82% of start-up businesses fail because of cash flow. While cash flow is a major element to the success or failure of a start-up, it remains a constant in all stages of business.

Cash flow is the life line of every business and as such, it should be given it’s importance in daily, weekly, monthly and quarterly reports. You might have the best business model and best product or service but if you’re not bringing in the cash, then your business could become part of the 82% statistic.

Here are five ways to effectively manage your cashflow.

Invoice quickly

Invoice quickly is one of the best ways to manage your cashflow. Just as you arrive at the till of a restaurant or shop, you should invoice straightaway. When you deliver a product or service, write up the invoice and send it. This is a great habit to get into.
Accounts software will help manage this very effectively. Your supplier’s name and address are stored in the system, codes of services or products can be accessed so that you can prepare the invoice very quickly. Most packages will allow you to email the invoice also via the software system. Remember the sooner you send the invoice, the sooner you’ll get paid.

Don’t give away credit

Another way to manage your cash flow is to pay your supplier invoices on the date that they are due. There is one caveat here however – if you are given a discount for early payment, then take that and pay earlier. Other than that, your standard credit terms should be followed and if due in 30 days then pay in the 30 days and not earlier.
In a recent survey by the SFA, they found that average payment days in Ireland is 62 days after invoice date. This has a huge impact on cashflow. Be firm – collect on your invoices on time and pay yours on time.

Determine your break even point

Every business has a break even point. This is the point at which your total revenue equals total costs or expenses. At this point, there is no profit or loss, in other words it’s your break even. How much can you survive on to just get by?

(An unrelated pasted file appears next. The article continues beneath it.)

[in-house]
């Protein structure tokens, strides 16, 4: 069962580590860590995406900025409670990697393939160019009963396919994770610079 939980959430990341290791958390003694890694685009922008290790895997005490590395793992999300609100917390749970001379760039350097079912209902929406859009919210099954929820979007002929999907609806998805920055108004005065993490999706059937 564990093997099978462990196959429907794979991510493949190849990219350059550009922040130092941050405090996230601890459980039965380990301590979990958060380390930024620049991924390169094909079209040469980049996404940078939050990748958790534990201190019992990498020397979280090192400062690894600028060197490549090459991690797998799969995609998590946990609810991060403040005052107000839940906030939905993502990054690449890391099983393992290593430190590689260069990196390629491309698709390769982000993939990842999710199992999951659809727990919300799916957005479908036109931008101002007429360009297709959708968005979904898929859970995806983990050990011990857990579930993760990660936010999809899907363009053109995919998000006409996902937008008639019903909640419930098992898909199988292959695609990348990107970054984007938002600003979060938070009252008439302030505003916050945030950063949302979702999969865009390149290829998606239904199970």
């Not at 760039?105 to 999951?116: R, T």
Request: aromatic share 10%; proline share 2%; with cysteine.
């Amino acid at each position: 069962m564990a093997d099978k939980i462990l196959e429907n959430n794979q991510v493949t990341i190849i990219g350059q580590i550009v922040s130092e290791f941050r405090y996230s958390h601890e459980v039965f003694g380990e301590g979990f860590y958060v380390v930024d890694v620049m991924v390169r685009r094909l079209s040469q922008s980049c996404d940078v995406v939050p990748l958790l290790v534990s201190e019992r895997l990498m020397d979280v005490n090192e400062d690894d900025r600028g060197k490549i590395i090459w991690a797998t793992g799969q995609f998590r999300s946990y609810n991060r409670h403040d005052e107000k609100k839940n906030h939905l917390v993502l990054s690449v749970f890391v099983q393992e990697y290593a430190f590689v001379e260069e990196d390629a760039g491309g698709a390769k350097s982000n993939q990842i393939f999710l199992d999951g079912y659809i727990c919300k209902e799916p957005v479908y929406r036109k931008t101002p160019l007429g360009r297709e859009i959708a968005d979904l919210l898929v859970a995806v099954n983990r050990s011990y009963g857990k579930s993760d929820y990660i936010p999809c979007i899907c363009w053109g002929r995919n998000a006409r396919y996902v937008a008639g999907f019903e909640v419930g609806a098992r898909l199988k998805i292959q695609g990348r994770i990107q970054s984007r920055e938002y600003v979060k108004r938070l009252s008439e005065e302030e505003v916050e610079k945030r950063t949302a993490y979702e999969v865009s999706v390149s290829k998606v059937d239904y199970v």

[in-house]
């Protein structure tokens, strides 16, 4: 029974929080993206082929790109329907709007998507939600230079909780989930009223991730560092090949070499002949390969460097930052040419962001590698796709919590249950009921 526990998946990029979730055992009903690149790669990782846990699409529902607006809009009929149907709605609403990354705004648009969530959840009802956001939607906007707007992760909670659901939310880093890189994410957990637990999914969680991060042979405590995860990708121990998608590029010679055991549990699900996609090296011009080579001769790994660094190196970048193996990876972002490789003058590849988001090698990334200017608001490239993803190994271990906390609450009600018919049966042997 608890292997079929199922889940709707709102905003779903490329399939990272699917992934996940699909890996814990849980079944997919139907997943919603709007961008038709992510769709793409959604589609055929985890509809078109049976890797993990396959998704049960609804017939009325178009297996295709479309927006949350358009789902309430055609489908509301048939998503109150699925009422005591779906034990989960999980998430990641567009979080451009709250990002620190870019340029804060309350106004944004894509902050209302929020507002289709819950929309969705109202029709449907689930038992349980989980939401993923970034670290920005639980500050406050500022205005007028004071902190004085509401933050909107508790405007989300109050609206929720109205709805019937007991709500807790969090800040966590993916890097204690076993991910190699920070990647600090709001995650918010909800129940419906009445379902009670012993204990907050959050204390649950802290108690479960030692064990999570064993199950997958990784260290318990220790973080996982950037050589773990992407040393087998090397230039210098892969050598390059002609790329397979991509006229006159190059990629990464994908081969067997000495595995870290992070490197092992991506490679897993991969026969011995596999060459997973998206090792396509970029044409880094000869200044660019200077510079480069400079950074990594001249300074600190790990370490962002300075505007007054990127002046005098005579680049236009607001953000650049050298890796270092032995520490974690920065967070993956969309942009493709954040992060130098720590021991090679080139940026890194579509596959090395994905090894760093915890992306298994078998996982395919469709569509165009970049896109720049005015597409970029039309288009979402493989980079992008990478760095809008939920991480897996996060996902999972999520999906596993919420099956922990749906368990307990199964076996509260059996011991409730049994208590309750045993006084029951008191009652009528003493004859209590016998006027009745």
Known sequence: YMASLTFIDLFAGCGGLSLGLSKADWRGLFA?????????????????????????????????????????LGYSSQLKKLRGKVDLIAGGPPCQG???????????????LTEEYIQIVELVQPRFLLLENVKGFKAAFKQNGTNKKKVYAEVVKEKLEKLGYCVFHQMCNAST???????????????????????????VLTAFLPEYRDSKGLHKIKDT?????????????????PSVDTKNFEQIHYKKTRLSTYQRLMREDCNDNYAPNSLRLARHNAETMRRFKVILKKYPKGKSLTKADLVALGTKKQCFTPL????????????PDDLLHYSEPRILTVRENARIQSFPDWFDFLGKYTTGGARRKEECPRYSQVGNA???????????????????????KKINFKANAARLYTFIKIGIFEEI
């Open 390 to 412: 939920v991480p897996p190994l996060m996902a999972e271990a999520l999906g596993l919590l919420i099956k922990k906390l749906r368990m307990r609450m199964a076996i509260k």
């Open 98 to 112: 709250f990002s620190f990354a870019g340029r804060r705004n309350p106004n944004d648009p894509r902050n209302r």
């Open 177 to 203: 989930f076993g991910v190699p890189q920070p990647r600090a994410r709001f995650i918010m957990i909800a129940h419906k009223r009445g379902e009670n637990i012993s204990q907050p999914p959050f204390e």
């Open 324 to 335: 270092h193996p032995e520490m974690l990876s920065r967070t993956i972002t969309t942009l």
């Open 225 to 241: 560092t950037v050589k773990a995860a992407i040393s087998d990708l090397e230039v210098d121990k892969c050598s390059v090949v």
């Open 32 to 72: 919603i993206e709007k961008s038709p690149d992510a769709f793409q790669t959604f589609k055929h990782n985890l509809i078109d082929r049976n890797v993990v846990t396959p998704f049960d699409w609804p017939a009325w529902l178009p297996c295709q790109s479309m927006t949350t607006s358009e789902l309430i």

You need to know this amount for every day, week, month of your trading year. Every business goes through variations of demand so you need to be able to cover all expenses regardless of demand and drive your business further to be as profitable as it can be.

Have a cashflow statement

Similar to the break even point, you need to know how much cash you have if you find yourself in a tight spot.
Tracking your day-to-day cash flow is essential. Using a cash flow statement will enable you to track the flow of revenue in and out and ensure that you have sufficient working capital to cover all your operational costs. It will help you identify patterns and plan ahead for months at a time to ensure you always have sufficient funds in the bank. Circumstances change and so too does your business and it’s cashflow. However knowing key elements that make up the pattern of your cash in and out will allow you to plan accordingly.

Audit your expenses

While it may seem simple, auditing and analysing your expenses in detail will enable you to see exactly where your money is going. Many of our clients who use our online accounting service Clarity have made savings on their expenses as they were able to get clear visibility on how much they were spending every month. They realised that they were over paying on certain things or didn’t realise how much was being spent on other items. It’s enabled them to create policies for mileage, expenses and more of a return on marketing spend. If you don’t audit your expenses regularly, you could be leaking money.

To summarise, cash flow is key for all businesses. It’s the petrol in the engine that keeps the business ticking by. You must get control over it.
If you’d like to talk to us about anything in this article, please feel free to contact us. We can help keep your business in shape.